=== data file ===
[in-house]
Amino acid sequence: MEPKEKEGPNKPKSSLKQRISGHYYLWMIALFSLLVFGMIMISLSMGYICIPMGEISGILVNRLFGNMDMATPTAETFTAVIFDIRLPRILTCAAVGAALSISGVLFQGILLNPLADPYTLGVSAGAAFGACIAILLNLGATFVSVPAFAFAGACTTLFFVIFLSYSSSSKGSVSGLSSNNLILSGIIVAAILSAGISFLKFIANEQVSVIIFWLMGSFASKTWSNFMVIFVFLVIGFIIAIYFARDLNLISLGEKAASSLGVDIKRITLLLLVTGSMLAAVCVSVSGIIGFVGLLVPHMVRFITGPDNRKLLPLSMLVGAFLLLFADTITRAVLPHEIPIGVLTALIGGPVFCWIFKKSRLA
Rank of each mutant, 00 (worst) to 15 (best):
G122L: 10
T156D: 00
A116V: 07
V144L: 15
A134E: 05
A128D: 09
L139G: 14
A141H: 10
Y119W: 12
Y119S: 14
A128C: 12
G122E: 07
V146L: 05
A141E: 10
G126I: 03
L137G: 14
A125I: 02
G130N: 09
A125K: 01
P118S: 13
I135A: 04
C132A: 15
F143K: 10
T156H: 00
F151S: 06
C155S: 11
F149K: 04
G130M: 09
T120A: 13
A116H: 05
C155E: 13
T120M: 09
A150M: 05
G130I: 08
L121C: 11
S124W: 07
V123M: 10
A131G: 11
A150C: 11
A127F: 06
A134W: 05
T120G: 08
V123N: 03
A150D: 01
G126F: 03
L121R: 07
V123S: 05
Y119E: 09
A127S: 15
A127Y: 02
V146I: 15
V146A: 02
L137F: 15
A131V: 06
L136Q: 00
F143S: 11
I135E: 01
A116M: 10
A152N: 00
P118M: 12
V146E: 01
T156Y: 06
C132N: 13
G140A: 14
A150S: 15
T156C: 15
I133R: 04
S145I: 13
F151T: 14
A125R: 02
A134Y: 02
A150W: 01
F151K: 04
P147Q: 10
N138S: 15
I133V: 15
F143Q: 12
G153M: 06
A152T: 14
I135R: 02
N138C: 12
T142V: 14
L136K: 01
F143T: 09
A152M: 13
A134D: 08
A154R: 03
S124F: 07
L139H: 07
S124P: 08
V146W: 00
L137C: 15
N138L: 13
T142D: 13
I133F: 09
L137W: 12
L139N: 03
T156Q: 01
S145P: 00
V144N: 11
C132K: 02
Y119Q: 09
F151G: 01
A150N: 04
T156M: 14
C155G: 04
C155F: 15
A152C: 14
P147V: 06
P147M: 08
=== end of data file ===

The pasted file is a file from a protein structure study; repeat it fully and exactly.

[in-house]
Amino acid sequence: MEPKEKEGPNKPKSSLKQRISGHYYLWMIALFSLLVFGMIMISLSMGYICIPMGEISGILVNRLFGNMDMATPTAETFTAVIFDIRLPRILTCAAVGAALSISGVLFQGILLNPLADPYTLGVSAGAAFGACIAILLNLGATFVSVPAFAFAGACTTLFFVIFLSYSSSSKGSVSGLSSNNLILSGIIVAAILSAGISFLKFIANEQVSVIIFWLMGSFASKTWSNFMVIFVFLVIGFIIAIYFARDLNLISLGEKAASSLGVDIKRITLLLLVTGSMLAAVCVSVSGIIGFVGLLVPHMVRFITGPDNRKLLPLSMLVGAFLLLFADTITRAVLPHEIPIGVLTALIGGPVFCWIFKKSRLA
Rank of each mutant, 00 (worst) to 15 (best):
G122L: 10
T156D: 00
A116V: 07
V144L: 15
A134E: 05
A128D: 09
L139G: 14
A141H: 10
Y119W: 12
Y119S: 14
A128C: 12
G122E: 07
V146L: 05
A141E: 10
G126I: 03
L137G: 14
A125I: 02
G130N: 09
A125K: 01
P118S: 13
I135A: 04
C132A: 15
F143K: 10
T156H: 00
F151S: 06
C155S: 11
F149K: 04
G130M: 09
T120A: 13
A116H: 05
C155E: 13
T120M: 09
A150M: 05
G130I: 08
L121C: 11
S124W: 07
V123M: 10
A131G: 11
A150C: 11
A127F: 06
A134W: 05
T120G: 08
V123N: 03
A150D: 01
G126F: 03
L121R: 07
V123S: 05
Y119E: 09
A127S: 15
A127Y: 02
V146I: 15
V146A: 02
L137F: 15
A131V: 06
L136Q: 00
F143S: 11
I135E: 01
A116M: 10
A152N: 00
P118M: 12
V146E: 01
T156Y: 06
C132N: 13
G140A: 14
A150S: 15
T156C: 15
I133R: 04
S145I: 13
F151T: 14
A125R: 02
A134Y: 02
A150W: 01
F151K: 04
P147Q: 10
N138S: 15
I133V: 15
F143Q: 12
G153M: 06
A152T: 14
I135R: 02
N138C: 12
T142V: 14
L136K: 01
F143T: 09
A152M: 13
A134D: 08
A154R: 03
S124F: 07
L139H: 07
S124P: 08
V146W: 00
L137C: 15
N138L: 13
T142D: 13
I133F: 09
L137W: 12
L139N: 03
T156Q: 01
S145P: 00
V144N: 11
C132K: 02
Y119Q: 09
F151G: 01
A150N: 04
T156M: 14
C155G: 04
C155F: 15
A152C: 14
P147V: 06
P147M: 08